In 1955, William F. Buckley Jr. began the movement with a famous first editorial in National Review declaring that the magazine “stands athwart history, yelling stop.” Hardline conservatives have been yelling stop ever since.

John Boehner tries to tie into this tradition of opposition when he says in exasperation repeated, “The federal government has spent more than what it has brought in in 55 of the last 60 years.”

But, one might respond, what have been the results over these past 60 years? The United States has grown mightily, destroyed the Soviet Union, spread capitalism across the globe and lifted its citizens to astonishingly high standards of living and income.

At the end of his 1961 speech that launched his political career, Ronald Reagan said,


RONALD REAGAN, FORMER PRESIDENT OF THE UNITED STATES: And if you don’t do this and if I don’t do it, one of these days you and I are going to spend our sunset years telling our children and our children’s children what it once was like in America when men were free.


ZAKARIA: But the menace Reagan warned about, Medicare, was enacted. It’s provided security to the elderly. There have been problems regarding cost, but that is hardly the same as killing freedom.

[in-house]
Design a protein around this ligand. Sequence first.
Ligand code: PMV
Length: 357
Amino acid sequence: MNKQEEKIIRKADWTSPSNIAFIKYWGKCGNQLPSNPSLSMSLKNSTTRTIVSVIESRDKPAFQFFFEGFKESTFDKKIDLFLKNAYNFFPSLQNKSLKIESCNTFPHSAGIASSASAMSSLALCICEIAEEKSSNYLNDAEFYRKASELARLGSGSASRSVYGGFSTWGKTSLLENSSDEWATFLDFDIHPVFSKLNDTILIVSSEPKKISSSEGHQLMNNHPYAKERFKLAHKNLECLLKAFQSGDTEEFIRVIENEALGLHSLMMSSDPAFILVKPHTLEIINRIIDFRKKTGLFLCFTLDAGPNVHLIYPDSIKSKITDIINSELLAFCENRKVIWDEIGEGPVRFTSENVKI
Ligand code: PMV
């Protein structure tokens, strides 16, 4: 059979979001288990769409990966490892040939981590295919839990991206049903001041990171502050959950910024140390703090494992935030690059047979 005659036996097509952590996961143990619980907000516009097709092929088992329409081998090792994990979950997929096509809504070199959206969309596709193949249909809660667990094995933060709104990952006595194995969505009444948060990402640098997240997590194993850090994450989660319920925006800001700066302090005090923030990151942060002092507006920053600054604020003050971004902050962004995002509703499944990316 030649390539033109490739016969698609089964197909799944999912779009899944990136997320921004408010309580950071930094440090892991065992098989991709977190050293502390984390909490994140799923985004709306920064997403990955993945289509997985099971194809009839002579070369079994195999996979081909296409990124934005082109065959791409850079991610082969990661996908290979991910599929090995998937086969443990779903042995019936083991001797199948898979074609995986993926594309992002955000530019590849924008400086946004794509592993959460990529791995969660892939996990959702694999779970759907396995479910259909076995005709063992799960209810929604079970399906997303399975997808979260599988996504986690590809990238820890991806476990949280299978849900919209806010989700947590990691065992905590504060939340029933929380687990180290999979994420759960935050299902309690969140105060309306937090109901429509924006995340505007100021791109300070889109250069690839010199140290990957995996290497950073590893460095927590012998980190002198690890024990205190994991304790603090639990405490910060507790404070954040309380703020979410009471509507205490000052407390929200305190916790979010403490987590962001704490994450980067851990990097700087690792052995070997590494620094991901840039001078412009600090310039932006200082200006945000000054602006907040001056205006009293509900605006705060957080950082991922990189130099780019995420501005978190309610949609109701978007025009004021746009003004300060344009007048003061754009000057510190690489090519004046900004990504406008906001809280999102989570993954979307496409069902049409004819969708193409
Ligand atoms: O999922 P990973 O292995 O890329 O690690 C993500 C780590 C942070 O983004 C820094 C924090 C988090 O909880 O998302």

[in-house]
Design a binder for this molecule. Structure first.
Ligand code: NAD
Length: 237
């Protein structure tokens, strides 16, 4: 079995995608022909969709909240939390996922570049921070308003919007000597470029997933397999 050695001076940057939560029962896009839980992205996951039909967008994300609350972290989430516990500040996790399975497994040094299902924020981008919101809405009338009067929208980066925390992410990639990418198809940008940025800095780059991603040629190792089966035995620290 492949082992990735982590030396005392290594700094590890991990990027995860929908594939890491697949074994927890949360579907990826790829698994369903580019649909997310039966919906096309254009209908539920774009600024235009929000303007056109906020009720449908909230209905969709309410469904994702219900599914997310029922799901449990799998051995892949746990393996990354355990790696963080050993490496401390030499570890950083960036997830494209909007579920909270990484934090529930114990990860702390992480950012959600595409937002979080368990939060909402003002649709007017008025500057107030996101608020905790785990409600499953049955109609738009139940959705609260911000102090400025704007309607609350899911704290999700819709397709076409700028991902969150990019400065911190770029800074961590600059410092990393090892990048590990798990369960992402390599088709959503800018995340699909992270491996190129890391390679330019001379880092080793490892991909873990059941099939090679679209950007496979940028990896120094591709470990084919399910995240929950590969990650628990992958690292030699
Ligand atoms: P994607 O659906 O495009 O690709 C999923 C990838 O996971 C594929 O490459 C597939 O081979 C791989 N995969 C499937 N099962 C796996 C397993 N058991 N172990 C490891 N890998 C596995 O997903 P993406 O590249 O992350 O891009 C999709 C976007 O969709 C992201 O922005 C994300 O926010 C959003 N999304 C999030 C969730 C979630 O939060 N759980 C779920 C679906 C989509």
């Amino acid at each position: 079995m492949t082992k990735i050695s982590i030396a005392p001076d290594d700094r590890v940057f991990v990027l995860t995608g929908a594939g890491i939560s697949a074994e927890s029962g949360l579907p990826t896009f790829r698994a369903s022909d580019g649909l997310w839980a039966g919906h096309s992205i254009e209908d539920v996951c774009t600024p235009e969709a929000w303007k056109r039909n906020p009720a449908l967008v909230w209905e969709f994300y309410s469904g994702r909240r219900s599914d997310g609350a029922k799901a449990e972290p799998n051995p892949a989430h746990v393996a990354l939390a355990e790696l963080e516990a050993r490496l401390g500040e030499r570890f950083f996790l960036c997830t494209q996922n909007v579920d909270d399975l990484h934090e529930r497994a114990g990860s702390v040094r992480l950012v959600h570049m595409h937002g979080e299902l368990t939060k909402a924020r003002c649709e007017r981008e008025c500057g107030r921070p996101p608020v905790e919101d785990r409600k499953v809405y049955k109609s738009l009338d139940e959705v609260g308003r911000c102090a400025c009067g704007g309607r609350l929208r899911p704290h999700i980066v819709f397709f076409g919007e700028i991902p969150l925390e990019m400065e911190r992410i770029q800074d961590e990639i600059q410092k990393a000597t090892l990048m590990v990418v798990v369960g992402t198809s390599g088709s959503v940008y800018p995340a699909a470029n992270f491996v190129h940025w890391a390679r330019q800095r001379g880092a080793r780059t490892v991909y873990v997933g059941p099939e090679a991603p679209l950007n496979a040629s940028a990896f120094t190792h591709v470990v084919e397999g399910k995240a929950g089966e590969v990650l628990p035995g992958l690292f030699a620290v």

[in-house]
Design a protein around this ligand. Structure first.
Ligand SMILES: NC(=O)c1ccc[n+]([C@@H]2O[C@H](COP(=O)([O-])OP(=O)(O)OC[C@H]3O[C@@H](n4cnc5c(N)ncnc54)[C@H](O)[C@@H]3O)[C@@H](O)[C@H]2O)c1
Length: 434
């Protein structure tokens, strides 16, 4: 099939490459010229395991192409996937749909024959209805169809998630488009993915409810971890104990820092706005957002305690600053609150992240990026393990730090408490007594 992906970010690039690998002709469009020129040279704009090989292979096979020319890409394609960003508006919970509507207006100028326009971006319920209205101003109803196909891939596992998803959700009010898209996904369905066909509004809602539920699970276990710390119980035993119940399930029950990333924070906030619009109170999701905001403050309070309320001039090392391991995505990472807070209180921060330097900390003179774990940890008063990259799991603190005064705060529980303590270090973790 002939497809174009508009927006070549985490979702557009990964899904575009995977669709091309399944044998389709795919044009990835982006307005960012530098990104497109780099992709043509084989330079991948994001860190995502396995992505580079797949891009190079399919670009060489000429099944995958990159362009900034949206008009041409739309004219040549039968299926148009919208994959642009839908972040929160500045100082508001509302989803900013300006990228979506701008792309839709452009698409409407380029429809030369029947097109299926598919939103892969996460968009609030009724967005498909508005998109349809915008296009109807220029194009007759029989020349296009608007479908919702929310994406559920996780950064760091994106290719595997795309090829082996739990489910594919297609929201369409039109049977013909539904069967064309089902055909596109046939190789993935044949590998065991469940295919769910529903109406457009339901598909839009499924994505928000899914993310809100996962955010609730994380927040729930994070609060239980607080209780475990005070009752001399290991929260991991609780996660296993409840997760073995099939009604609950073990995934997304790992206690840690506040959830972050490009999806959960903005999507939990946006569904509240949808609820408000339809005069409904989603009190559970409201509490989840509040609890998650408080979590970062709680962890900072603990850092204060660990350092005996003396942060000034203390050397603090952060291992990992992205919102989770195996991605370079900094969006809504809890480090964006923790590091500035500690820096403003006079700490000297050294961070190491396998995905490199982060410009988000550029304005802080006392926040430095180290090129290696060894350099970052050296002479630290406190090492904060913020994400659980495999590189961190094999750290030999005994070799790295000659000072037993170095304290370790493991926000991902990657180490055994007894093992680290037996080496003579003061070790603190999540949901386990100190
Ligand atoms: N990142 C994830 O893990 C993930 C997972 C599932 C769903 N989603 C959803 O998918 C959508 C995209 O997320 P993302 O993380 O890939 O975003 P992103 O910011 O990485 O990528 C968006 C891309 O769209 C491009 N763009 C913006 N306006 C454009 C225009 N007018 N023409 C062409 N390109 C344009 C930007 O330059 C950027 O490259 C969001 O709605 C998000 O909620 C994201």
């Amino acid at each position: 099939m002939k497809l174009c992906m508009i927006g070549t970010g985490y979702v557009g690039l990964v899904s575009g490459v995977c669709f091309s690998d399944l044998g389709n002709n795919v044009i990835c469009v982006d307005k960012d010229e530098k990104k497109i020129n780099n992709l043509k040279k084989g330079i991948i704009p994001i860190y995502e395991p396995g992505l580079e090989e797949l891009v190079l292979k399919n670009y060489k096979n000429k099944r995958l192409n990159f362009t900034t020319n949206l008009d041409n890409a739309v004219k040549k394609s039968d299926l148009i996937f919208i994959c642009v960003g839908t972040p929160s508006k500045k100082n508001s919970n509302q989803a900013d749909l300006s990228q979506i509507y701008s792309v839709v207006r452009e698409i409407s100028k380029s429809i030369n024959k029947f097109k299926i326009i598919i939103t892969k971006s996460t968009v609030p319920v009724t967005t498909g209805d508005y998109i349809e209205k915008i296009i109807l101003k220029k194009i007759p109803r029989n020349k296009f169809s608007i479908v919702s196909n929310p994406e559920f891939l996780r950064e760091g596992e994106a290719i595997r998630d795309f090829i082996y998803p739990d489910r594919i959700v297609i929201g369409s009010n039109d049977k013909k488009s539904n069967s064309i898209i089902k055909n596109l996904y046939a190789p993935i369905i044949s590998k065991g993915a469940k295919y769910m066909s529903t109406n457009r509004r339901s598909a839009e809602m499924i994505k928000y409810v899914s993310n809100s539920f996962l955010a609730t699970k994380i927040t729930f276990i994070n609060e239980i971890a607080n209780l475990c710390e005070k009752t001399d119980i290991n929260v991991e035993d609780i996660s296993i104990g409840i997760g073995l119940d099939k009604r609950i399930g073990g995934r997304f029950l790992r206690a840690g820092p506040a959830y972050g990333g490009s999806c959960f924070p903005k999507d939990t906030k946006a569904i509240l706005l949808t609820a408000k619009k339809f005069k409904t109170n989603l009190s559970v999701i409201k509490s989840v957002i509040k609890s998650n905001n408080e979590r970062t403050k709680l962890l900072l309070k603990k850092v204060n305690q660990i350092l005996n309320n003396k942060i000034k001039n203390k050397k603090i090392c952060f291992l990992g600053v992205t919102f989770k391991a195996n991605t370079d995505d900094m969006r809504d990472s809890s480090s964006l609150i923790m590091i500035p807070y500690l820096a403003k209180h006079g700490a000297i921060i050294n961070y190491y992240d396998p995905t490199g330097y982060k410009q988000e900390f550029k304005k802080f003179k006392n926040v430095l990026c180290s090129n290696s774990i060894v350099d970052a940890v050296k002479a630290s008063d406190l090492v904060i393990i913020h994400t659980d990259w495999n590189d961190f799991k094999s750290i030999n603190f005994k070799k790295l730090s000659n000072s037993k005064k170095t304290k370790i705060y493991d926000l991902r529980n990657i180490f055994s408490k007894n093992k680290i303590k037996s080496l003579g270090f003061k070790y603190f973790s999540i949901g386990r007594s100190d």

After all, the right-wing Heritage Foundation ranks many countries as “more free” every year. For example, Switzerland and Australia and they all have universal health care.

For many conservatives today, the “rot” to be excoriated is not about economics and health care but about culture. A persistent theme of conservative intellectuals and commentators, in print and on Fox News, is the cultural decay of the country.

But compared with almost any period in U.S. history, we live in bourgeois times, in a culture that values family, religion, work and, above all, private business.

Young people today aspire to become Mark Zuckerberg. They quote the aphorisms of Warren Buffett. They read the Twitter feed of Bill Gates. Even after the worst recession since the Great Depression, there are no obvious radicals, anarchists, Black Panthers or other revolutionary movements except for the tea party.